Could this be the end of Philadelphia's optional property tax?

A number of new collection and enforcement policies are communicating the message that the city's real estate levy is - contrary to widespread belief and practice - compulsory. And after years of rapid increase, a massive accumulation of back taxes has shown signs of leveling off, as Patrick Kerkstra reported for The Inquirer and PlanPhilly this week.

City officials acknowledge that they have much work to do. But they deserve recognition for a concerted effort to remedy an insidious and long-standing failure.

Toward making a dent in the half a billion dollars owed by property owners, the Nutter administration hired former Philadelphia Gas Works head Thomas Knudsen to serve as chief collections officer, set a target for total back-tax collections ($34 million this fiscal year), upgraded data systems, and deployed new enforcement tactics, such as revoking business licenses associated with delinquent properties. Over the next few months, the city plans to take further steps against delinquent properties and owners, such as speeding up foreclosures, garnishing wages, imposing liens on out-of-town landlords, and seizing rental income.

No doubt the city's management of delinquent properties could be improved in other ways. The Sheriff's Office, which oversees sales of foreclosed properties, is an obvious weakness given a current federal investigation and a history of corruption and incompetence. Short of legislation to eliminate the elected office of sheriff, city finance officials could take over sheriff's sales in the interest of efficiency.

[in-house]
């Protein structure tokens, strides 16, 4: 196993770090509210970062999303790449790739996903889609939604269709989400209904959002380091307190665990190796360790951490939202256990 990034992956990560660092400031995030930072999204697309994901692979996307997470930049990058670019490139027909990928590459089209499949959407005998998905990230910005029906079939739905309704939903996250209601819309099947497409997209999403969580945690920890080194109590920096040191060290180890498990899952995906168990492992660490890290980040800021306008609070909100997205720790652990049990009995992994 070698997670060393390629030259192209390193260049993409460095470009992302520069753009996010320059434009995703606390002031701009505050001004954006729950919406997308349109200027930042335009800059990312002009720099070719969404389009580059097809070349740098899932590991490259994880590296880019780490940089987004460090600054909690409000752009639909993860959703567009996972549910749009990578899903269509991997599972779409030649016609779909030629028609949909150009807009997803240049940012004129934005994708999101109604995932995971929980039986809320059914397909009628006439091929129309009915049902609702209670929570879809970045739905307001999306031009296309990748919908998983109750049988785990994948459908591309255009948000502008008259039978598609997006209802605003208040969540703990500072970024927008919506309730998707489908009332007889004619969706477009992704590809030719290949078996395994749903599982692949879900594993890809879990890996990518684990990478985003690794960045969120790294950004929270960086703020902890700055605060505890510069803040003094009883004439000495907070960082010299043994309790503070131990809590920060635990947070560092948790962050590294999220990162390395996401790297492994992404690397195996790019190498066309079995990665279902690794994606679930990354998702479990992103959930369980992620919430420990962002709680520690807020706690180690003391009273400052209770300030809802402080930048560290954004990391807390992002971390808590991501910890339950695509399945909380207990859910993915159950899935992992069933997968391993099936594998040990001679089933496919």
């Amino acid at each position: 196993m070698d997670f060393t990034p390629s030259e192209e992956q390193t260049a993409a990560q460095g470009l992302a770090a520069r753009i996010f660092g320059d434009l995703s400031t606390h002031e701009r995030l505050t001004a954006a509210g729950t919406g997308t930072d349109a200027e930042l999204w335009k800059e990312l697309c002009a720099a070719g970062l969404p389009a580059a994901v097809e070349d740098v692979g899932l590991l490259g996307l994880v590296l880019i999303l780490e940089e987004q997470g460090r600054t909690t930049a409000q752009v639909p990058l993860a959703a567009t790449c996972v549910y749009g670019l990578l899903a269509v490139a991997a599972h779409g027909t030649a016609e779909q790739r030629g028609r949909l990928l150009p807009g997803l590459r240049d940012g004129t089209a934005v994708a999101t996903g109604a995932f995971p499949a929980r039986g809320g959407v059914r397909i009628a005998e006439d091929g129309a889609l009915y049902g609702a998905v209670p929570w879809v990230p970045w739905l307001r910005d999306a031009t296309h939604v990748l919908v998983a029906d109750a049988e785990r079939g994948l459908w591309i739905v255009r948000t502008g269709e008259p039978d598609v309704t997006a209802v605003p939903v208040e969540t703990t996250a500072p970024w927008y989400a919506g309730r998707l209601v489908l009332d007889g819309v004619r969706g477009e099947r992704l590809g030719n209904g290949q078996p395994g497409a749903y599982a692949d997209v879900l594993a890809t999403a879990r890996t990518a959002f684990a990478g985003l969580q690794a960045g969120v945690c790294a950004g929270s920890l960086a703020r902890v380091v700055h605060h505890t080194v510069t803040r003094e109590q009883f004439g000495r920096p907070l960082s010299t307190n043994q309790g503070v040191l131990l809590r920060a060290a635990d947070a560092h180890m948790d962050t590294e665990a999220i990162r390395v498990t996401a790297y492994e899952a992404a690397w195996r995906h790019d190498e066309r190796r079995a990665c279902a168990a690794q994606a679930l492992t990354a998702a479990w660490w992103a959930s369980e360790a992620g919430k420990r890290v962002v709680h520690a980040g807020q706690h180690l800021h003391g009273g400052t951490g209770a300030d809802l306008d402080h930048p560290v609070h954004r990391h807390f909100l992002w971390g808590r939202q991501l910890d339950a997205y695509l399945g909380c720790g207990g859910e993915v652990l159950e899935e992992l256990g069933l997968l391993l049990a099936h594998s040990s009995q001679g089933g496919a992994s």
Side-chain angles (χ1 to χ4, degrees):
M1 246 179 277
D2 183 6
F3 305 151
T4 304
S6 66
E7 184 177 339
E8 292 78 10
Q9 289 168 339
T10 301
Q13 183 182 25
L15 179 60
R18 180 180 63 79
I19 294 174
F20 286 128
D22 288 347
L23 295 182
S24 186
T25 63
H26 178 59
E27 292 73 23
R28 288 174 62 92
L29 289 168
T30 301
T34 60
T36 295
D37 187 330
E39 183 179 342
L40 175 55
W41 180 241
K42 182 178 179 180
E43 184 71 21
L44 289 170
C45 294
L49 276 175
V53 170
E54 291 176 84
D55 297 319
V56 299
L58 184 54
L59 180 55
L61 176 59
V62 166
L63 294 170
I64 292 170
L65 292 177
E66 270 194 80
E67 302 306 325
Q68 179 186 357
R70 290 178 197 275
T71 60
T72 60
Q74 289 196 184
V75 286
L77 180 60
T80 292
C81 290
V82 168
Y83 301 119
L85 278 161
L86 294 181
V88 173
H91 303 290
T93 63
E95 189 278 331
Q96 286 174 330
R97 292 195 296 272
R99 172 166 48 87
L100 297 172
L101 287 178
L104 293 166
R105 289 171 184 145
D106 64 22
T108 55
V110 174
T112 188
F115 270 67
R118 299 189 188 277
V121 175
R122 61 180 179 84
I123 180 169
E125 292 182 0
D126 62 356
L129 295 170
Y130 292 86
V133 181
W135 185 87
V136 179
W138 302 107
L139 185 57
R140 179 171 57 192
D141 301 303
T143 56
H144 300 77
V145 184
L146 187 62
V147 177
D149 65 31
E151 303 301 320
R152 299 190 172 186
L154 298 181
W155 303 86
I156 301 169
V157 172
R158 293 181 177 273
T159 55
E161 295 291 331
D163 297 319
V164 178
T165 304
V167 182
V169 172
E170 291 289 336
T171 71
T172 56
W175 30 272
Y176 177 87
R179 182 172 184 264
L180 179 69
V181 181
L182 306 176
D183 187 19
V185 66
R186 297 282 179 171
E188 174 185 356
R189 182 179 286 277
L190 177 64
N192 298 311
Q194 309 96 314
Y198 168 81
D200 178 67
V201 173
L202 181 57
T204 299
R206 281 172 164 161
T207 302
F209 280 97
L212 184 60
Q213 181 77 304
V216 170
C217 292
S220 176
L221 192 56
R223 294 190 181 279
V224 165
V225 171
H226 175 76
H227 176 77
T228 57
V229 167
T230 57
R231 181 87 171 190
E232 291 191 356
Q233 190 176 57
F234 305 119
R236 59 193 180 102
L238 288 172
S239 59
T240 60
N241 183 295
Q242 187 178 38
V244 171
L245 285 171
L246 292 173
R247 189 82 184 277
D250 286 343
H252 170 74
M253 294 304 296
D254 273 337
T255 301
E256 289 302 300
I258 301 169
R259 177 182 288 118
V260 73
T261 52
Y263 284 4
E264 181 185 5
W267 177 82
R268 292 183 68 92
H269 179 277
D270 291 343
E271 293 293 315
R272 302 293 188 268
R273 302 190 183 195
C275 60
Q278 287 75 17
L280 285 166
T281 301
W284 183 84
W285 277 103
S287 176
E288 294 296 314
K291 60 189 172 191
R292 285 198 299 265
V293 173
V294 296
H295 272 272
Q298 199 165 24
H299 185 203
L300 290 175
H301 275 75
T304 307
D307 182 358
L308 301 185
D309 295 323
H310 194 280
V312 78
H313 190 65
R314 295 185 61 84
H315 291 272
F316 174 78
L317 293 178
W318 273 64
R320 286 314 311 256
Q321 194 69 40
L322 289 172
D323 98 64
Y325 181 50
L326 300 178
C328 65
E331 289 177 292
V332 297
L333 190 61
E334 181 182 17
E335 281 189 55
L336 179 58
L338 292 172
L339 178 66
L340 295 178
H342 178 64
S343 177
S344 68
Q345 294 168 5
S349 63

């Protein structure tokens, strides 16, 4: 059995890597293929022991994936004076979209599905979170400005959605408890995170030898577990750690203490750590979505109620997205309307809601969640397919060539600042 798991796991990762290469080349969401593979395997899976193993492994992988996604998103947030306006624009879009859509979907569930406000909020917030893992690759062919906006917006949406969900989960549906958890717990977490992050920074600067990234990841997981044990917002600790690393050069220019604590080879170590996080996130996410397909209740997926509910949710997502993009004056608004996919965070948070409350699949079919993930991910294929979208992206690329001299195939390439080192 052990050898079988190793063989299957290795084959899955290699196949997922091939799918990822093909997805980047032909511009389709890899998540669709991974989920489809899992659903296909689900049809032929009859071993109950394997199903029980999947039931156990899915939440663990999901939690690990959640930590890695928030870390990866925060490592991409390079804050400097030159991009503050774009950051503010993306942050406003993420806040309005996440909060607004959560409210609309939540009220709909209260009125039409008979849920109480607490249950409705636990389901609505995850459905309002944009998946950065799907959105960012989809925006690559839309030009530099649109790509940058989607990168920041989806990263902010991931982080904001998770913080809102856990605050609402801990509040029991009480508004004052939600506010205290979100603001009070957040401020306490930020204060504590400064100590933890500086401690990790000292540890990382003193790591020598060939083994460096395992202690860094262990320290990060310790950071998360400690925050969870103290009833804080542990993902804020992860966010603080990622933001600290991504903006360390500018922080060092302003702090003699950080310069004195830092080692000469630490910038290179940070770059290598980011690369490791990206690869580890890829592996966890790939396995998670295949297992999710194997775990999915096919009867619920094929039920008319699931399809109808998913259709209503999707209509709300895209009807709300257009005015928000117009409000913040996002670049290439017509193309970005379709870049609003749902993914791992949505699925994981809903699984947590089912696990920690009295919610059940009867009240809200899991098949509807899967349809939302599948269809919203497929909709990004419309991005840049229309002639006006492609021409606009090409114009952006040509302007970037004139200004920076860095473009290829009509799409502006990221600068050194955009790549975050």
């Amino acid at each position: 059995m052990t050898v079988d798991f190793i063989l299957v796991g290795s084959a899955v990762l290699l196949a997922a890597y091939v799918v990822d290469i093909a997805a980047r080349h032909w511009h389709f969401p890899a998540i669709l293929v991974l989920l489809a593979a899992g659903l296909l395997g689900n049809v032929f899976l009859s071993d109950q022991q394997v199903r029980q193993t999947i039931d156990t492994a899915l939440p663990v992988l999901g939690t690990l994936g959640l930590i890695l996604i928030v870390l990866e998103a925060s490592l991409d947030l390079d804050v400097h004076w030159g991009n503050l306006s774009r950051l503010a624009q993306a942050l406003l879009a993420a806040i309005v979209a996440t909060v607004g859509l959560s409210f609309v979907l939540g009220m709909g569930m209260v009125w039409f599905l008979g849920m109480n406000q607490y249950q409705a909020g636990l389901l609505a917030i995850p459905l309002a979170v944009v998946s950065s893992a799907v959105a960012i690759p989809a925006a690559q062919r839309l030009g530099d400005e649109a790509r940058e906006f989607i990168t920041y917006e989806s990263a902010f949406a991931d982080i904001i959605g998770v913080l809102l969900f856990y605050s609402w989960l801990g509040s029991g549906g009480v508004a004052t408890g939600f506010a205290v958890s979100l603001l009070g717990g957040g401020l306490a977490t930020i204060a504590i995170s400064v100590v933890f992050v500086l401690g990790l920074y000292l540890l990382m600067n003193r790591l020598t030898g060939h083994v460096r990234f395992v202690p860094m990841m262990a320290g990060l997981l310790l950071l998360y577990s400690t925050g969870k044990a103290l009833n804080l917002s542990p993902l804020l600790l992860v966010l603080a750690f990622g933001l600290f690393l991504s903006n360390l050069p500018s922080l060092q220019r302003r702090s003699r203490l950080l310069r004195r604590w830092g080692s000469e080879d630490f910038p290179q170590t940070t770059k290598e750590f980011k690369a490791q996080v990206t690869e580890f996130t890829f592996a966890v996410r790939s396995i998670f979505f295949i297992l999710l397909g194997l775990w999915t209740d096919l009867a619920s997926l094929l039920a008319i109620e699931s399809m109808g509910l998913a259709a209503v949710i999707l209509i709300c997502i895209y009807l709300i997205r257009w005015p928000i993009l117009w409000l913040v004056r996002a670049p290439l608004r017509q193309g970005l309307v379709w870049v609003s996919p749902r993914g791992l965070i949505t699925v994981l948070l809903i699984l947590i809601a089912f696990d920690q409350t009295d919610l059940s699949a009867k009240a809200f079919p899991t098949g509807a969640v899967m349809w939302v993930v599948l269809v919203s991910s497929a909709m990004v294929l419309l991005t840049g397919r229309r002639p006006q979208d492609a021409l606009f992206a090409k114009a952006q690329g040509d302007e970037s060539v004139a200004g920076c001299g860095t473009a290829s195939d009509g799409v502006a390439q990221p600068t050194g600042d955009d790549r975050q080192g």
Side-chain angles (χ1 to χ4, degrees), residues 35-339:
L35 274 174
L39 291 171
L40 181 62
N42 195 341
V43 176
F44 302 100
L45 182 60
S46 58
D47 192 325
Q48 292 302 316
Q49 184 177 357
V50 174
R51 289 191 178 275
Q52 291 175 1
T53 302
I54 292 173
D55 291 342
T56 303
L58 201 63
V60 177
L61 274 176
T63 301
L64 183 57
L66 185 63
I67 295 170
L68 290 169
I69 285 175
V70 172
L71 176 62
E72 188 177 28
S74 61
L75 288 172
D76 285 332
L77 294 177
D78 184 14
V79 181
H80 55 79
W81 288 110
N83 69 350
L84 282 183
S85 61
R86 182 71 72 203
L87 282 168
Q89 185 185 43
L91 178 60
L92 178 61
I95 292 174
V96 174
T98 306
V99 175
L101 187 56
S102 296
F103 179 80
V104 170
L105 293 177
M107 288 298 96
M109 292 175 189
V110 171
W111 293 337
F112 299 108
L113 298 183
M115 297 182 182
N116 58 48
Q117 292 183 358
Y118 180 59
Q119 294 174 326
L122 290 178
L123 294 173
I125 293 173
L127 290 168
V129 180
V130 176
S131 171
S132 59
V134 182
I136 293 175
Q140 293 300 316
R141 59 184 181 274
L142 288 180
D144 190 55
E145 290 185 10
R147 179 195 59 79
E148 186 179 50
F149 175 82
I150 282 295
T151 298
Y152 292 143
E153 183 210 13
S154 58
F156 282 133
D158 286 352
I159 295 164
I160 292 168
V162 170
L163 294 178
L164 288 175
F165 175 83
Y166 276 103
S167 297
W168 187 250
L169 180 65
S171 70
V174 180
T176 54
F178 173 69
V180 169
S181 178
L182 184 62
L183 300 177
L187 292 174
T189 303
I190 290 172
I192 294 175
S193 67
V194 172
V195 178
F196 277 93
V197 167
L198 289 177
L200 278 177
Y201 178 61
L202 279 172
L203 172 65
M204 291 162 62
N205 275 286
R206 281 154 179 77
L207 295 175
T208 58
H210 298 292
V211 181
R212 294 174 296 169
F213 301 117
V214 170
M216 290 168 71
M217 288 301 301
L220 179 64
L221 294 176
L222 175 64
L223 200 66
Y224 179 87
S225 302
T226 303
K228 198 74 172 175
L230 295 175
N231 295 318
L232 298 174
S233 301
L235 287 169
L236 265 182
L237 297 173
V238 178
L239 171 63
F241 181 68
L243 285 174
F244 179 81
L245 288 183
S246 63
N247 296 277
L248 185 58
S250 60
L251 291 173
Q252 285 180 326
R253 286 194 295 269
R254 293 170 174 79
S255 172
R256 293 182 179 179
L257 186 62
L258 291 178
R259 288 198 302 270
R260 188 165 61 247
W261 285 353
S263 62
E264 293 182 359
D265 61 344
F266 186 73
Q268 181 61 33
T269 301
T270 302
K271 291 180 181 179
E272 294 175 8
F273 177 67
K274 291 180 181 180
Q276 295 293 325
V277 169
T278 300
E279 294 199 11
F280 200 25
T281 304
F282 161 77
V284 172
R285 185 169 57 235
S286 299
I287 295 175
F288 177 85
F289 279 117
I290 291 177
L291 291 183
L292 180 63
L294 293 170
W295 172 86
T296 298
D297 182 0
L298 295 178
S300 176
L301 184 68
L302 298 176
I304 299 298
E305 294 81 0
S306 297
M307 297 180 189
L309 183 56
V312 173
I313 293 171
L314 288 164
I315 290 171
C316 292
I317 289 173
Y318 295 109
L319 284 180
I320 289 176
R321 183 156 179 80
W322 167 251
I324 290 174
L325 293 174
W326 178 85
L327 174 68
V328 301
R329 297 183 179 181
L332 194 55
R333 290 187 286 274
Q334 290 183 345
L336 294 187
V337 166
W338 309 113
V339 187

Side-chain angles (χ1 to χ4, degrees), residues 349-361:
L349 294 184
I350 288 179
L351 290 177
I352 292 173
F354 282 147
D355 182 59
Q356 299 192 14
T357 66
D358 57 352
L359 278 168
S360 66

Still, the city has made meaningful progress. While its total property-tax delinquency had grown as of April to $522 million - some portion of which is uncollectible - the rate of increase had slowed. After rising an average of 7 percent annually over the previous four years, it grew just 1.4 percent for the year ending in April. Moreover, the number of delinquent properties had dropped to about 97,000 from a peak of more than 102,000 in 2011.

That year, the Pew Charitable Trusts found Philadelphia's delinquency rate to be the fifth highest among 36 cities studied, with 9 percent of its property taxes going uncollected. Such widespread flouting of tax obligations has a corrosive impact. Beyond the obvious damage to the city's balance sheet, the failure to collect about one of every ten tax dollars breeds blight and lawlessness.

Landlords who don't have to pay taxes are free of one of the chief incentives for maintaining, developing, and selling property. More buildings are therefore left to attract vermin and crime - and to collapse and catch fire. The Inquirer and PlanPhilly have estimated that delinquent properties diminish the city's overall real estate value by more than a fifth.

That sounds like a crisis. Fortunately, the city has begun to treat it as such.